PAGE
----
Titagarh puts an end to our comparisons, to our inferiority or superiority feelings and attitudes. The leprosy patients who work there preach to us not by words, but by their actions, by the work they do. They do not waste their time brooding over their sickness and weakness; they do not shed tears to draw others' attention to them. Instead they immerse themselves in creative and productive work, in weaving clothes from the materia prima, from cotton they spin and weave and make beautiful bed sheets, saris for our M.C. Sisters; they make their own sandals, slippers, shoes and artificial limbs, while many others work in the field...etc. To watch the leprosy patients work with such seriousness is a grace and an edifying experience.

We must contemplate. They may be crippled, disfigured, without limbs and without beauty, but their immortal soul can be pure and holy. They also spend some time each day in prayer, because they know that their God is a merciful saviour and that one day they too will be with him in Paradise. (cfr Lk 23: 42-43)

Their life is a paradox. They suffer in a threefold way: first of all physically, because the leprosy germ gets into their nervous system and destroys its function. Wherever there are leprosy patches there is no sensation.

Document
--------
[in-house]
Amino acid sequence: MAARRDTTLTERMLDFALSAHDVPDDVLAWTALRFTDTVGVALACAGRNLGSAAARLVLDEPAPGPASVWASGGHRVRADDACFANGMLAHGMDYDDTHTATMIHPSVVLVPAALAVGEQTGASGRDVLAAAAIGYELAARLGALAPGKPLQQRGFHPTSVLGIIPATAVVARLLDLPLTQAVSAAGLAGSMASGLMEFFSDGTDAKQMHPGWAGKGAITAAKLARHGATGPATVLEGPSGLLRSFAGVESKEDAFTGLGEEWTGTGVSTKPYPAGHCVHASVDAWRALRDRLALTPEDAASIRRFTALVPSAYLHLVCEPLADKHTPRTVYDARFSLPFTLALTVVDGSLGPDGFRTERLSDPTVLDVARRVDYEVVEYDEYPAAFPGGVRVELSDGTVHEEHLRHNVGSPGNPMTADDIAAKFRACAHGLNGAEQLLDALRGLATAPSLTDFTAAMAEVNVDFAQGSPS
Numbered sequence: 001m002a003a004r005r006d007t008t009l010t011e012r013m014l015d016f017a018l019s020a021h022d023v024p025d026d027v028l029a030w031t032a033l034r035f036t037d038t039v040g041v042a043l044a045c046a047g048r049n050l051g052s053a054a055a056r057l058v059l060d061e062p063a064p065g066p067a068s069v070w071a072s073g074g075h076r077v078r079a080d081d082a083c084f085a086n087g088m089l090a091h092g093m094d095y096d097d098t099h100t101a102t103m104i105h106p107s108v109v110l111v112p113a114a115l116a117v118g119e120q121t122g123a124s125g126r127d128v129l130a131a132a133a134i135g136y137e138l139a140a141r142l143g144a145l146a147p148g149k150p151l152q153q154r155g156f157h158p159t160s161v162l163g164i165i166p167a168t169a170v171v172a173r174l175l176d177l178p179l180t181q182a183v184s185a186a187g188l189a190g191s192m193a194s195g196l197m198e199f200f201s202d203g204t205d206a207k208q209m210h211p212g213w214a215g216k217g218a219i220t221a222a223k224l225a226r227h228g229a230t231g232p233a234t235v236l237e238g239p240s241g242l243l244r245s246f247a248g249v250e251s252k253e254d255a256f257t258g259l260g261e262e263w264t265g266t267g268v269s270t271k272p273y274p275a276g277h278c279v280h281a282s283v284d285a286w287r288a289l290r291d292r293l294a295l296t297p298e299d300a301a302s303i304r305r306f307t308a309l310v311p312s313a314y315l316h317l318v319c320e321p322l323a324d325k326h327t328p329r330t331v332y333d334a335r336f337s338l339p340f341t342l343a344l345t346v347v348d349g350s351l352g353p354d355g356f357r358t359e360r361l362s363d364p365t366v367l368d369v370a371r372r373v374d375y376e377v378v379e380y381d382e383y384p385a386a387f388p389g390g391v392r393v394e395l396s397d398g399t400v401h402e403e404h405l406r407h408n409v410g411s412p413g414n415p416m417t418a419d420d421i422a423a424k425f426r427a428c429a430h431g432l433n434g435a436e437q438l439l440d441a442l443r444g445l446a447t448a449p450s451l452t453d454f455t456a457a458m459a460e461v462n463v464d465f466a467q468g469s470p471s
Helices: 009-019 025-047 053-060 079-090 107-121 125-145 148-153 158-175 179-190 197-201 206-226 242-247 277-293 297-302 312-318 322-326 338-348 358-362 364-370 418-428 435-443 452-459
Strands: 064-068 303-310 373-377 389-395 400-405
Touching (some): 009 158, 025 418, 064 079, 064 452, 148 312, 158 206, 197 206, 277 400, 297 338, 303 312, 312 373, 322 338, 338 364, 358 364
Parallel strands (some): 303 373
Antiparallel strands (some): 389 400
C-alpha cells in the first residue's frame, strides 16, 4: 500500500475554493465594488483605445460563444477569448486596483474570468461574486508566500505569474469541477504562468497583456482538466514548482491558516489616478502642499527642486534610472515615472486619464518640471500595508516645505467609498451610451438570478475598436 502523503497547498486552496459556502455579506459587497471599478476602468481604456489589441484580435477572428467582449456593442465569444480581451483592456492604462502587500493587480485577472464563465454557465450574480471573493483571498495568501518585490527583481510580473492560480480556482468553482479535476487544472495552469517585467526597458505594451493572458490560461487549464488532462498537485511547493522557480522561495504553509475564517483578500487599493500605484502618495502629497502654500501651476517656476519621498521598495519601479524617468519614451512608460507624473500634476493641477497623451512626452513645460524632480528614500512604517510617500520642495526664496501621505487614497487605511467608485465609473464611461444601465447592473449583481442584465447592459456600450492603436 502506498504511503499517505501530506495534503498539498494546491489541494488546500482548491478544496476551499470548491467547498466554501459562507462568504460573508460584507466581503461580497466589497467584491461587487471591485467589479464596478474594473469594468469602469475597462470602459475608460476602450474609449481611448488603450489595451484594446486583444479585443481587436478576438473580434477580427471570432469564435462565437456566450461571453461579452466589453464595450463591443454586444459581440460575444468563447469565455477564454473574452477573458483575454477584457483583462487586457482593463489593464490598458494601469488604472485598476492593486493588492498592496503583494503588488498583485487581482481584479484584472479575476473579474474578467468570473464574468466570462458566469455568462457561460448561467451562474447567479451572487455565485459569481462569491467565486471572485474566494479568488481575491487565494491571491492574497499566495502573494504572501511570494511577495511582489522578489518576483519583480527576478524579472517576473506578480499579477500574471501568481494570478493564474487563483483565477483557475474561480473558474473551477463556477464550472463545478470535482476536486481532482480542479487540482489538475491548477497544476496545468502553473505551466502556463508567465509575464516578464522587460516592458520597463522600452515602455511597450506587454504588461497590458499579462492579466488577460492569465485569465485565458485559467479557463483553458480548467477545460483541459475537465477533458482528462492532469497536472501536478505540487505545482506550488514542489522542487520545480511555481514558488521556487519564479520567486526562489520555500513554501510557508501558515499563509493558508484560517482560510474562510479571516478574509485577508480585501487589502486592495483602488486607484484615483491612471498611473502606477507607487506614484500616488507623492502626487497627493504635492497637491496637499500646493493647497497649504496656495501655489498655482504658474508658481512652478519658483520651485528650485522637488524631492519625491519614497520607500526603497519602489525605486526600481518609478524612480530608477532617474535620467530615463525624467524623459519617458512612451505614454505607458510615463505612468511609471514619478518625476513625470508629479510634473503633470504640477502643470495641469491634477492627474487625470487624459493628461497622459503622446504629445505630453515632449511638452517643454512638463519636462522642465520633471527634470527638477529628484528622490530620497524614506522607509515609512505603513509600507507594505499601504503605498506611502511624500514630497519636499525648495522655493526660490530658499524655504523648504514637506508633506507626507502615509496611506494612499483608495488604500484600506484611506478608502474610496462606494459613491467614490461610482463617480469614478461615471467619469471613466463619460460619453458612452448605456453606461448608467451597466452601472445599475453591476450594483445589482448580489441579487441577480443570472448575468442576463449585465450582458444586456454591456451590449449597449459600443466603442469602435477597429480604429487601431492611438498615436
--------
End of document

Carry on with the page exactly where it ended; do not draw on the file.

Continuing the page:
They also suffer psychologically, as they can easily fall into psychological depression. They can often be thrown out of the family; as a result they feel rejected and unwanted by their own people. This also brings to them terrible moral suffering of remorse of conscience, even of despair. It is here that the leprosy centre at Titagarh stands out as a beacon of hope and joy and an edifying example to many normal people who are often unhappy because of some little problems they have to face in their everyday life.

Shishubavan. It is the home for the orphaned babies. This house is within walking distance from the Mother House. It is almost impossible for those who visit this home not to be drawn to the little ones of Jesus, as they reflect his purity and innocence. The M.C. Sisters try their best to educate them in every way possible, helping them feel wanted and loved with their prayers and sacrifices, with their tender love and care. The Sisters almost every day welcome the little ones of Jesus in His name. Here in 78 Acharya Jagadeesh Bose Road, Kolkata, the Sisters live Jesus' words in action: "Anyone who welcomes one little child like this [child] in my name welcomes Me [Jesus]." (Mt 18: 5)